Friday | December 15, 2017
About Us | Contact | Subscribe

Waiakea students fight tobacco, meth

The ending of the first semester was a busy one for Waiakea High School’s Student Government Association.

Activities prior to winter break consisted of student awareness and community service which included: Great American Smokeout; HI Meth Project; Feeding the Hungry; and Santa’s Workshop.

On Nov. 15, the Coalition for a Tobacco-Free Hawaii-East Hawaii was invited to promote the American Cancer Society’s annual Great American Smokeout during a noon-time rally. Students stopped by the display table to have the opportunity to spin the Tobacco 101 Wheel and win a Smoke-Free Cars t-shirt and other fun prizes, touch a black lung, and learn how to help a loved one quit smoking. Students also signed a Smoke-Free pledge form to celebrate the 2nd anniversary of the Hawaii County Smoke-Free Vehicles while a minor is present law. Sally Ancheta, CTFH-East Hawai’i Community Coalition Coordinator assisted student chairperson Mariko Kurahashi with the activity.

On Nov. 21, Waiakea High School junior and Hawaii Meth Teen Advisory Council member Kayla Yamada, along with Hawaii Meth Project Program Manager Colby Takeda, organized a “White Out Meth” lunch rally where students were asked to wear white. Students were treated to live music by DJ Frizel, educational games and giveaways, a special appearance and presentation by Mayor Billy Kenoi, and the opportunity for students to sign a pledge to “White Out Meth.” Big Island aerosol artist Derek Ishii painted a large-scale mural inspired by the Hawaii Meth Project’s “Not Even Once” message named, “Life After Meth.” The pledge and mural will be featured in the “Take a Stand Against Meth” art display at the state capitol.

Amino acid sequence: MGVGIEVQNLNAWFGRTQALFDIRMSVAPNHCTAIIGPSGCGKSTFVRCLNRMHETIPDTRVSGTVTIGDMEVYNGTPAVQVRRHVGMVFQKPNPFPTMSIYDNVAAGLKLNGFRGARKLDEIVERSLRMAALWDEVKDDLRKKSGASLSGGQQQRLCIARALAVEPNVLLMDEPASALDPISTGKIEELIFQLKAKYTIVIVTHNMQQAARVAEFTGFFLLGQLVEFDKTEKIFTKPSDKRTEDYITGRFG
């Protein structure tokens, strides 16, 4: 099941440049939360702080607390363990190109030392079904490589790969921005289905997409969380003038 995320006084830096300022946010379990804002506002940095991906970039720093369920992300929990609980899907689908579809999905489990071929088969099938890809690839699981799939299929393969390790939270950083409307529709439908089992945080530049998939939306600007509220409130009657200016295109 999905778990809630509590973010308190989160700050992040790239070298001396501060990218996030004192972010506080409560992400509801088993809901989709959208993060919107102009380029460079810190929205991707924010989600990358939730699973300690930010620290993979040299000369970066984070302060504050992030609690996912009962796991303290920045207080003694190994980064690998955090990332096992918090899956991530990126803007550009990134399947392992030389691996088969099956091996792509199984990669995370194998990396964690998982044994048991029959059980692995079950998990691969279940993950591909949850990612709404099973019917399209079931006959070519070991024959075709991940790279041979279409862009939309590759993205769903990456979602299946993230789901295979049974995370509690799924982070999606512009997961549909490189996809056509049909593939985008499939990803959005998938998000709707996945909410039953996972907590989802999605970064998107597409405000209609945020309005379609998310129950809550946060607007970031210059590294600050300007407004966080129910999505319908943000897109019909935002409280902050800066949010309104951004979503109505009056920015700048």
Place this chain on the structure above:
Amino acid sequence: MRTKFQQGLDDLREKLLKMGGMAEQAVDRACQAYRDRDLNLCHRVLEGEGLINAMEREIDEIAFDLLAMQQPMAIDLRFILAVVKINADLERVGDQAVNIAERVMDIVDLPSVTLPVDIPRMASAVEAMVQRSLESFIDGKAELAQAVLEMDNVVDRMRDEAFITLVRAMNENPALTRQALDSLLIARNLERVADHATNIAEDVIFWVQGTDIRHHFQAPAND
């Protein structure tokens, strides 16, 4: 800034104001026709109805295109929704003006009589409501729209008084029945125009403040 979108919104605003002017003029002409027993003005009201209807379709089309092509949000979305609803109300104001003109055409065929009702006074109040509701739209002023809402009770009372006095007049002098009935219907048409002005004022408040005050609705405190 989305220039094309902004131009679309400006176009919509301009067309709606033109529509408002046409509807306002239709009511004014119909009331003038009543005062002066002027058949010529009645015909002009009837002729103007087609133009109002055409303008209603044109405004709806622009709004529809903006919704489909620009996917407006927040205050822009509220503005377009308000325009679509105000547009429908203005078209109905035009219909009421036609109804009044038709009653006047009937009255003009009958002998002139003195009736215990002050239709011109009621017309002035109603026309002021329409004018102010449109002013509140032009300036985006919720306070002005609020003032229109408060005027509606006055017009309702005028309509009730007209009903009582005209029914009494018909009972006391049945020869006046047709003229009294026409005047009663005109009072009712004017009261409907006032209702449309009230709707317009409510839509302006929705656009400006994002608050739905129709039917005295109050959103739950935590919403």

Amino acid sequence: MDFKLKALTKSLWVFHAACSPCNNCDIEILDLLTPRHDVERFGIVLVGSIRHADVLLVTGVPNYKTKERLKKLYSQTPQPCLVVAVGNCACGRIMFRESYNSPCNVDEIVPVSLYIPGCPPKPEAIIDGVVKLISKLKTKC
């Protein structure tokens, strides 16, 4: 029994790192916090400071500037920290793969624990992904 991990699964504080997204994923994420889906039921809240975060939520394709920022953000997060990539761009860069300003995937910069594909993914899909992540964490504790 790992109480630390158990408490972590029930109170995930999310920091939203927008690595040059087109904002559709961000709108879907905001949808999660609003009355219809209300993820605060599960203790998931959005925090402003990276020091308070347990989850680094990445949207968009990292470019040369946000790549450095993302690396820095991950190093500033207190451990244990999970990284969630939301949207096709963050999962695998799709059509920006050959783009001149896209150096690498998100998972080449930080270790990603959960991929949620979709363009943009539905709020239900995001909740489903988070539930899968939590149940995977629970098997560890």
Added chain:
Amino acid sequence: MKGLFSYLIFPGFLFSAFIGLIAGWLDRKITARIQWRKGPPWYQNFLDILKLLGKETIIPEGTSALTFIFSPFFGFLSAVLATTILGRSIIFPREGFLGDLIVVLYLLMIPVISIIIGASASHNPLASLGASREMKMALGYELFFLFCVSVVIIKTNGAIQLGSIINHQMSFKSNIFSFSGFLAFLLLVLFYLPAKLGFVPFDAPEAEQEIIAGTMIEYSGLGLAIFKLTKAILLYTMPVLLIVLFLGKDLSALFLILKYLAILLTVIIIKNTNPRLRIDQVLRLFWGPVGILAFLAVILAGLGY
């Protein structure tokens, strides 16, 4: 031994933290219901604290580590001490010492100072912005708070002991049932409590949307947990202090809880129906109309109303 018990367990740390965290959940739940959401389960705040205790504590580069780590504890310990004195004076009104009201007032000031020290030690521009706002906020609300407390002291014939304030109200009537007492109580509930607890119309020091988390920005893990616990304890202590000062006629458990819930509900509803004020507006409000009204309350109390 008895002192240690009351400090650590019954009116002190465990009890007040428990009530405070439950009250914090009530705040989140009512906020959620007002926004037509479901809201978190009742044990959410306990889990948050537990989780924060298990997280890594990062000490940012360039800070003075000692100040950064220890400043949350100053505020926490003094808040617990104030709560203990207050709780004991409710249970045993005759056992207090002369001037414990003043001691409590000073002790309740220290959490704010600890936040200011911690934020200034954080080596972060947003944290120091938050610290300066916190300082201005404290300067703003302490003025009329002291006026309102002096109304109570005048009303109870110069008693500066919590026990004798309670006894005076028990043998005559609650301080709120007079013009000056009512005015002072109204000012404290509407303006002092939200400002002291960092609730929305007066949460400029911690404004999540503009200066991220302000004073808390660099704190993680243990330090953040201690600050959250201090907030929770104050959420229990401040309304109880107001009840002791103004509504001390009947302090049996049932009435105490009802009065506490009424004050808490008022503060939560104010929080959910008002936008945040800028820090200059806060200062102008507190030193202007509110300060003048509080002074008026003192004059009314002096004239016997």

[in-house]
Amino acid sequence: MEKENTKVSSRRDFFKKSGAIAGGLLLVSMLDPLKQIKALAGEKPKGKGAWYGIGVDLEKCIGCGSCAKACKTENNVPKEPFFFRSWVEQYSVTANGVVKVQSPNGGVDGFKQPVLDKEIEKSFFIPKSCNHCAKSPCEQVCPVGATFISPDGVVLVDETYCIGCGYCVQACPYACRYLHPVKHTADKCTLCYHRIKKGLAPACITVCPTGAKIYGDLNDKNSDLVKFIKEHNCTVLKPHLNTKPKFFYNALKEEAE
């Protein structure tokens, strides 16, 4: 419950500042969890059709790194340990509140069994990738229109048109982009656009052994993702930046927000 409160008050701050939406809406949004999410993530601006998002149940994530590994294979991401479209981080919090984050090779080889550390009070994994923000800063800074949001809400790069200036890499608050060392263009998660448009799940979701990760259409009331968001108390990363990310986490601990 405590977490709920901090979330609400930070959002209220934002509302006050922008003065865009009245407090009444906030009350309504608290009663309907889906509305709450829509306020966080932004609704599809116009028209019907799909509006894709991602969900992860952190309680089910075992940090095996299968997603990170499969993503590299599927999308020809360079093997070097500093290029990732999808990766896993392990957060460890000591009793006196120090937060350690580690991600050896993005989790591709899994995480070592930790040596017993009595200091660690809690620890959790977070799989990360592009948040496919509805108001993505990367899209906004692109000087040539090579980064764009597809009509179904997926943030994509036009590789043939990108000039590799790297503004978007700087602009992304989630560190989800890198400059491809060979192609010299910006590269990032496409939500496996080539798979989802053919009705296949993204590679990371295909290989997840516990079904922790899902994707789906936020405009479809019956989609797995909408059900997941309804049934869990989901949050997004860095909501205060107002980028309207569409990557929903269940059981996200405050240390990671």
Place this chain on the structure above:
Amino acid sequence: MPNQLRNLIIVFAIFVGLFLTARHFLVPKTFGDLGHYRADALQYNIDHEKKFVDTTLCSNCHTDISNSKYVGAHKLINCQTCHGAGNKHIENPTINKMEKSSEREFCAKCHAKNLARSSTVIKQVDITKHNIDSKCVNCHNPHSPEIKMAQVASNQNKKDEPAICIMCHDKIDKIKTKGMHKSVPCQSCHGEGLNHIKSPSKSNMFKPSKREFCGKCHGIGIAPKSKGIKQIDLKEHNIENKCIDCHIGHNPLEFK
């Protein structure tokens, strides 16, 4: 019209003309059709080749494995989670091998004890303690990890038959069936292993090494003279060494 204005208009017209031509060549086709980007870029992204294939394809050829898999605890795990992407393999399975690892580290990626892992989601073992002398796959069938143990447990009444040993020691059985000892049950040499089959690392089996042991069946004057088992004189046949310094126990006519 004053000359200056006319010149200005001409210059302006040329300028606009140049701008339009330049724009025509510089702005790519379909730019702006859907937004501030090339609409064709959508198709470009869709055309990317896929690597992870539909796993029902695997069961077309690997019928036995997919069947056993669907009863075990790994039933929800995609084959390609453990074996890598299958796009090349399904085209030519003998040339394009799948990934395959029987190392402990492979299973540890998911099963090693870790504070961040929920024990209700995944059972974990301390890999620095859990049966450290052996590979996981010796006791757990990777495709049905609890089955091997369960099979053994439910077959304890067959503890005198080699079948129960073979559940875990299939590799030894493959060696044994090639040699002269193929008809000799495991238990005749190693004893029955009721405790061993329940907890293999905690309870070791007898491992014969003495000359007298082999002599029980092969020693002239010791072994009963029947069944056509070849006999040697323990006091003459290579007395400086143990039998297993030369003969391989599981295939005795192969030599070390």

Later in the afternoon, SGA, Key, Leo, Interact and grade level students participated in a Feed the Hungry project under the Bayfront soccer field tent. Club and grade level members brought donations of food and desserts to feed the less fortunate. Bags of fruit and toiletries were also distributed to those in attendance. Recipients were treated to more than they bargained for as they left with loads of extras.

The final service project of 2012 was WHS’s 6th annual Santa’s Workshop. New and gently-used items donated by Waiakea High students and staff were sold as holiday gifts to Waiakeawaena and Waiakea Elementary School children at reasonably cheap prices. Personal shoppers assisted the elementary students with their shopping lists, and the gifts were wrapped by eager holiday assistants. Chairperson Krystle Koshiyama and her committee decided to donate this year’s money, more than $1,000 to the American Cancer Society. A check presentation will be held at the school’s annual Variety Show on Feb. 23.

“Waiakea High School provides many opportunities for student involvement. I’m really glad that I’m getting involved. It’s cool to meet other students and help the school and community at the same time,” said senior Jake Oda.


Rules for posting comments